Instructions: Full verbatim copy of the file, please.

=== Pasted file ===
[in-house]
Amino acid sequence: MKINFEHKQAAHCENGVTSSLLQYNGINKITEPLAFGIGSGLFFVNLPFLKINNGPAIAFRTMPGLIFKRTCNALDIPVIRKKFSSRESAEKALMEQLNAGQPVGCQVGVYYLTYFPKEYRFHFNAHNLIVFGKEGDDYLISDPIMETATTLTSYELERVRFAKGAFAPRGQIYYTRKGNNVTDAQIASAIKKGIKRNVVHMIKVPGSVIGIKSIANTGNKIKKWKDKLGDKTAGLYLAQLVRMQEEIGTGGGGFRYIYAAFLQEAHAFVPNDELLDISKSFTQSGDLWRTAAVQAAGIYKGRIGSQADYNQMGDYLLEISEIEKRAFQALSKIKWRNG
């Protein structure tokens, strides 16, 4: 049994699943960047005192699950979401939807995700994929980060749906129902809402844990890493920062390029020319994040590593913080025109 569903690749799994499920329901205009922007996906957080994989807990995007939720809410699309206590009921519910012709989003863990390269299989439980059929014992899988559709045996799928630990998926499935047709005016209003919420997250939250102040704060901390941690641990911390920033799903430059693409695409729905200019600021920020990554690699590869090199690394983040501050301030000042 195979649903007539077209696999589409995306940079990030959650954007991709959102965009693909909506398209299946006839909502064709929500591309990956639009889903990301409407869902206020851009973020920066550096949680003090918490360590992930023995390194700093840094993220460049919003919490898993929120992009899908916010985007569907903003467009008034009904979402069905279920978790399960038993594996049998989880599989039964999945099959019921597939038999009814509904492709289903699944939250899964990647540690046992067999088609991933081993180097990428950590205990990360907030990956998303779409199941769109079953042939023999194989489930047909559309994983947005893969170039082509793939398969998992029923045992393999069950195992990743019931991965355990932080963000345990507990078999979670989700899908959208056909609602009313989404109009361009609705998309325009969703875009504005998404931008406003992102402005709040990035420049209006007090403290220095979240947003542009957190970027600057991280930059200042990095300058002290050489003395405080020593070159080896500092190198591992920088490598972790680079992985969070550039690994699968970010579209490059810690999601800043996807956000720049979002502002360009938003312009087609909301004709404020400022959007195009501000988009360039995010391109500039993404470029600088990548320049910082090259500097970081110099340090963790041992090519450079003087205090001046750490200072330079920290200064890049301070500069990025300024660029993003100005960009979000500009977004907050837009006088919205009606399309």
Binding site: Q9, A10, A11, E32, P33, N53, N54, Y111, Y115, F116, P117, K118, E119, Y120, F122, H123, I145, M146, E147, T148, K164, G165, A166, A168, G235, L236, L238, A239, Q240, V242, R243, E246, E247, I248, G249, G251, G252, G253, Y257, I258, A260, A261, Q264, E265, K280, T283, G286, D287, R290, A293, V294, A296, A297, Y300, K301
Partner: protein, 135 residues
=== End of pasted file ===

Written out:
[in-house]
Amino acid sequence: MKINFEHKQAAHCENGVTSSLLQYNGINKITEPLAFGIGSGLFFVNLPFLKINNGPAIAFRTMPGLIFKRTCNALDIPVIRKKFSSRESAEKALMEQLNAGQPVGCQVGVYYLTYFPKEYRFHFNAHNLIVFGKEGDDYLISDPIMETATTLTSYELERVRFAKGAFAPRGQIYYTRKGNNVTDAQIASAIKKGIKRNVVHMIKVPGSVIGIKSIANTGNKIKKWKDKLGDKTAGLYLAQLVRMQEEIGTGGGGFRYIYAAFLQEAHAFVPNDELLDISKSFTQSGDLWRTAAVQAAGIYKGRIGSQADYNQMGDYLLEISEIEKRAFQALSKIKWRNG
């Protein structure tokens, strides 16, 4: 049994699943960047005192699950979401939807995700994929980060749906129902809402844990890493920062390029020319994040590593913080025109 569903690749799994499920329901205009922007996906957080994989807990995007939720809410699309206590009921519910012709989003863990390269299989439980059929014992899988559709045996799928630990998926499935047709005016209003919420997250939250102040704060901390941690641990911390920033799903430059693409695409729905200019600021920020990554690699590869090199690394983040501050301030000042 195979649903007539077209696999589409995306940079990030959650954007991709959102965009693909909506398209299946006839909502064709929500591309990956639009889903990301409407869902206020851009973020920066550096949680003090918490360590992930023995390194700093840094993220460049919003919490898993929120992009899908916010985007569907903003467009008034009904979402069905279920978790399960038993594996049998989880599989039964999945099959019921597939038999009814509904492709289903699944939250899964990647540690046992067999088609991933081993180097990428950590205990990360907030990956998303779409199941769109079953042939023999194989489930047909559309994983947005893969170039082509793939398969998992029923045992393999069950195992990743019931991965355990932080963000345990507990078999979670989700899908959208056909609602009313989404109009361009609705998309325009969703875009504005998404931008406003992102402005709040990035420049209006007090403290220095979240947003542009957190970027600057991280930059200042990095300058002290050489003395405080020593070159080896500092190198591992920088490598972790680079992985969070550039690994699968970010579209490059810690999601800043996807956000720049979002502002360009938003312009087609909301004709404020400022959007195009501000988009360039995010391109500039993404470029600088990548320049910082090259500097970081110099340090963790041992090519450079003087205090001046750490200072330079920290200064890049301070500069990025300024660029993003100005960009979000500009977004907050837009006088919205009606399309």
Binding site: Q9, A10, A11, E32, P33, N53, N54, Y111, Y115, F116, P117, K118, E119, Y120, F122, H123, I145, M146, E147, T148, K164, G165, A166, A168, G235, L236, L238, A239, Q240, V242, R243, E246, E247, I248, G249, G251, G252, G253, Y257, I258, A260, A261, Q264, E265, K280, T283, G286, D287, R290, A293, V294, A296, A297, Y300, K301
Partner: protein, 135 residues